Archived News Item

Goulburn Congregation Celebrates

In late October and early November the sisters of the Goulburn Congregation celebrated the life of the congregation and the commitment of its sisters over the last 152 years. The celebrations occurred in Goulburn on October 29th, which is the actual celebration day for the arrival of the first sisters to Goulburn, and in Young on November 11th, the day we celebrate the life of Catherine McAuley.

The group in the Goulburn Chapel

Some of the sisters in the Goulburn Chapel

Eucharist was celebrated in the chapel of the founding house in Goulburn by Archbishops Mark Coleridge and Francis Carroll, Bishop Pat Power, Fathers Michael Lim and Laurie Bent. The life and work of the sisters within, particularly, the dioceses of Canberra-Goulburn and Wagga Wagga, and beyond to other areas in Australia, Papua New Guinea, Pakistan and, of recent years, parts of Africa was remembered with gratitude by Archbishop Mark.

Holding up the constitutions received from the time of our foundresses

Photos taken by Liz Rothe rsm

In Young the Eucharist was led by Fr Richard Thompson and the sisters were later joined by Fr Joseph Punnakunnel MSL in the celebrations at dinner under the marquee in Mount St Joseph’s grounds.

Sisters gathered at Young November 11, 2011)

Marie Duffy rsm, Congregation leader, reminded us of the wonderful contribution sisters had made in the areas of education, health, disability, social and parish work over the years and thanked the present sisters for their commitment to “mercy” throughout their lives. She also encouraged us to continue faithfully into the challenges offered as we embrace the new Institute of the Sisters of Mercy of Australia and Papua New Guinea.


Anne’s House – Mercy Centre Lavington NSW

Sisters gathered at Anne’s House

Perhaps in a move typical of the daughters of the resilient Catherine McAuley, simultaneously as we bring to a close the formal structures of the Goulburn Congregation, an extension of one of our ministries is being opened up.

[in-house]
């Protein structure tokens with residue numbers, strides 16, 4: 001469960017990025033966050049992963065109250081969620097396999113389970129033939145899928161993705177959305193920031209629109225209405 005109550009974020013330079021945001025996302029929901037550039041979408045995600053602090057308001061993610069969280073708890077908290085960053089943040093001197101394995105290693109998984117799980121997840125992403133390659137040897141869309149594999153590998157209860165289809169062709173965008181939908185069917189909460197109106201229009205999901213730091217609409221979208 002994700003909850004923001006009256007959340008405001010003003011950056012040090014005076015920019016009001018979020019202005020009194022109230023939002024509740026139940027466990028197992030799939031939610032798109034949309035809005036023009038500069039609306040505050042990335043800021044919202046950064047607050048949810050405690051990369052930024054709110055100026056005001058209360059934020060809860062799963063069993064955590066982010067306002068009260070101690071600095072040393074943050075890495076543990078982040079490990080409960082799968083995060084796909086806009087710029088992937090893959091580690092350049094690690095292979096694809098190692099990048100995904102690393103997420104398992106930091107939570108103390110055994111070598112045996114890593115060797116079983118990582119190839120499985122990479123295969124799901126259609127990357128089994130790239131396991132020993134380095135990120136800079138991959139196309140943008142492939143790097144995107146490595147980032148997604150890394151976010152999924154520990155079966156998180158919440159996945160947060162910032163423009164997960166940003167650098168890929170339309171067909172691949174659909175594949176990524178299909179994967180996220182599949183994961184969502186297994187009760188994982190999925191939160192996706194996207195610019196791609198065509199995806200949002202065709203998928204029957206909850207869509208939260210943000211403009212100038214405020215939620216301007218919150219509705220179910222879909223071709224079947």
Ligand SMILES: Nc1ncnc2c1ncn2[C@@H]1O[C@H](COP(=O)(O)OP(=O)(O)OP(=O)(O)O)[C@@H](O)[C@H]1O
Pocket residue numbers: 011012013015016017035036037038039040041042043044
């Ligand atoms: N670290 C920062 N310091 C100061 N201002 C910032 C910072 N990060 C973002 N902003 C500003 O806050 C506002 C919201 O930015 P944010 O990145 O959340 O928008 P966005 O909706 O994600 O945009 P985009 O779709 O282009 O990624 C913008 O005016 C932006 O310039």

Guests and Sr Marie at the Opening of Anne’s-House

Anne’s House is the name being given to the newly renovated administration facilities of Mercy Centre, Lavington. This is an organisation, sponsored by the Goulburn Congregation of the Sisters of Mercy, which specialises in providing services to those who are in greatest need and who often exist on the fringes of society. In reality this translates to people who exhibit challenging behaviour, people from an Aboriginal background, people with a psychiatric illness, homeless people and people with other high support needs.

Sr Marie and Guests

In some ways this new venture mirrors the evolving life of Mercy in Australia and Papua New Guinea.  Anne’s House, when known as St John’s, started out in 1882 as a centre in which the sisters could provide care for poor and destitute children, which functioned as a school, boarding school and orphanage. In 1978 when the sisters moved their ministry into smaller cottages St John’s was given over to the Mother of God Brothers as a home for men with a disability, and under the sponsorship of the Bishop of Wagga Wagga. Now the buildings have gone full cycle and Mercy Centre has reopened its doors in Anne’s House for the administration of its services.

Paul Muntz (Board-Chair), Sr Marie Duffy and Sr Patricia Weekes cutting the ribbon

The name Anne’s House commemorates the founding Sisters of Mercy to Albury, in the person of the “Lady Superior”, Mother Mary Ignatius Murphy whose baptismal name was Frances Anne and who had liked to be called Anne. She had been a driving force in establishing the home for poor and destitute children of the time.

It was fitting that Fr John Frauenfelder presided over the Eucharist at the opening, since it was his great grandfather, John Peter Frauenfelder, who gave the land on which the house was established all those years ago. We are also grateful to Frs Paul Hart and John Fowles CSS for their assistance at the Eucharist.

In the first reading we were reminded of the words of the Prophet Jeremiah in his story of the potter. Just as spoiled and unspoiled clay are placed into the hands of the potter to mould a new vessel, we asked at this Eucharist that the potter might rework and refashion the deeds both good and bad which are part of the story at this house, and cause them to be transformed and to transform into a new vessel – for the kingdom.

Congratulations to the Board of Mercy Centre and to Patricia Weekes rsm and the staff and clients on this wonderful achievement.